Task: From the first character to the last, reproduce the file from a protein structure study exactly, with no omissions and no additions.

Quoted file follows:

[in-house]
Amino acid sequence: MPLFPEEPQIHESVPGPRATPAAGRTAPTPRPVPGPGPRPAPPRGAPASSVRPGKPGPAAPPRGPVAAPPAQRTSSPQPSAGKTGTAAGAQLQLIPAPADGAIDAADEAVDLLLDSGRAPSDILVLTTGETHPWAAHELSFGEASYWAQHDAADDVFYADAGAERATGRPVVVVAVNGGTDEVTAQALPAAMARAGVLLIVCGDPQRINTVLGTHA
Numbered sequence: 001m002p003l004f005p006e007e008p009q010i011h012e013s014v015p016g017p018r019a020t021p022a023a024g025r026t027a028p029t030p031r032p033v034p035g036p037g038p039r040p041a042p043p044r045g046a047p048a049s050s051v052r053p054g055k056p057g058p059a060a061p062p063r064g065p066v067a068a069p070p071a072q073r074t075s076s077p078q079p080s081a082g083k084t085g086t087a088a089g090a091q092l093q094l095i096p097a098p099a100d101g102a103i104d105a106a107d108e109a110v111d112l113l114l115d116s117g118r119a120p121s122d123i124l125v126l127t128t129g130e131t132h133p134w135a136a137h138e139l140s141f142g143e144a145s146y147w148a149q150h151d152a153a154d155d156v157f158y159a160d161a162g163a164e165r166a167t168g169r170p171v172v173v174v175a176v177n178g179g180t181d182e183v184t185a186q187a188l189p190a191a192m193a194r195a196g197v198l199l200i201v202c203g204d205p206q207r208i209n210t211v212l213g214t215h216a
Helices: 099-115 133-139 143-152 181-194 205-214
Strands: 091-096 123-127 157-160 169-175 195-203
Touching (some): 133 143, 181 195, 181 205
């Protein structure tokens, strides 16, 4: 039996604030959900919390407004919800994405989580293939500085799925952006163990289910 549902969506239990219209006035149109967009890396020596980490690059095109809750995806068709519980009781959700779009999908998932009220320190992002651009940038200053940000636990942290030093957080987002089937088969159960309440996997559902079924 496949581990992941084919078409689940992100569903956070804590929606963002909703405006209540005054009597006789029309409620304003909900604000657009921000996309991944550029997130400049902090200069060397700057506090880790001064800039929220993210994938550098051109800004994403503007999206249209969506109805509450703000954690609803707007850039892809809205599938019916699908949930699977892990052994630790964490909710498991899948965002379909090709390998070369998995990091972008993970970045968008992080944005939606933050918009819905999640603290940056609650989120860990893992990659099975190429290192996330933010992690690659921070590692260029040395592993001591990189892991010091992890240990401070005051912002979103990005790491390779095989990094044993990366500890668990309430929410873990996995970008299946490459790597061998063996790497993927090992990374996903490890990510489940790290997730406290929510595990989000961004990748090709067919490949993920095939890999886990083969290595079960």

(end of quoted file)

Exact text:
[in-house]
Amino acid sequence: MPLFPEEPQIHESVPGPRATPAAGRTAPTPRPVPGPGPRPAPPRGAPASSVRPGKPGPAAPPRGPVAAPPAQRTSSPQPSAGKTGTAAGAQLQLIPAPADGAIDAADEAVDLLLDSGRAPSDILVLTTGETHPWAAHELSFGEASYWAQHDAADDVFYADAGAERATGRPVVVVAVNGGTDEVTAQALPAAMARAGVLLIVCGDPQRINTVLGTHA
Numbered sequence: 001m002p003l004f005p006e007e008p009q010i011h012e013s014v015p016g017p018r019a020t021p022a023a024g025r026t027a028p029t030p031r032p033v034p035g036p037g038p039r040p041a042p043p044r045g046a047p048a049s050s051v052r053p054g055k056p057g058p059a060a061p062p063r064g065p066v067a068a069p070p071a072q073r074t075s076s077p078q079p080s081a082g083k084t085g086t087a088a089g090a091q092l093q094l095i096p097a098p099a100d101g102a103i104d105a106a107d108e109a110v111d112l113l114l115d116s117g118r119a120p121s122d123i124l125v126l127t128t129g130e131t132h133p134w135a136a137h138e139l140s141f142g143e144a145s146y147w148a149q150h151d152a153a154d155d156v157f158y159a160d161a162g163a164e165r166a167t168g169r170p171v172v173v174v175a176v177n178g179g180t181d182e183v184t185a186q187a188l189p190a191a192m193a194r195a196g197v198l199l200i201v202c203g204d205p206q207r208i209n210t211v212l213g214t215h216a
Helices: 099-115 133-139 143-152 181-194 205-214
Strands: 091-096 123-127 157-160 169-175 195-203
Touching (some): 133 143, 181 195, 181 205
């Protein structure tokens, strides 16, 4: 039996604030959900919390407004919800994405989580293939500085799925952006163990289910 549902969506239990219209006035149109967009890396020596980490690059095109809750995806068709519980009781959700779009999908998932009220320190992002651009940038200053940000636990942290030093957080987002089937088969159960309440996997559902079924 496949581990992941084919078409689940992100569903956070804590929606963002909703405006209540005054009597006789029309409620304003909900604000657009921000996309991944550029997130400049902090200069060397700057506090880790001064800039929220993210994938550098051109800004994403503007999206249209969506109805509450703000954690609803707007850039892809809205599938019916699908949930699977892990052994630790964490909710498991899948965002379909090709390998070369998995990091972008993970970045968008992080944005939606933050918009819905999640603290940056609650989120860990893992990659099975190429290192996330933010992690690659921070590692260029040395592993001591990189892991010091992890240990401070005051912002979103990005790491390779095989990094044993990366500890668990309430929410873990996995970008299946490459790597061998063996790497993927090992990374996903490890990510489940790290997730406290929510595990989000961004990748090709067919490949993920095939890999886990083969290595079960």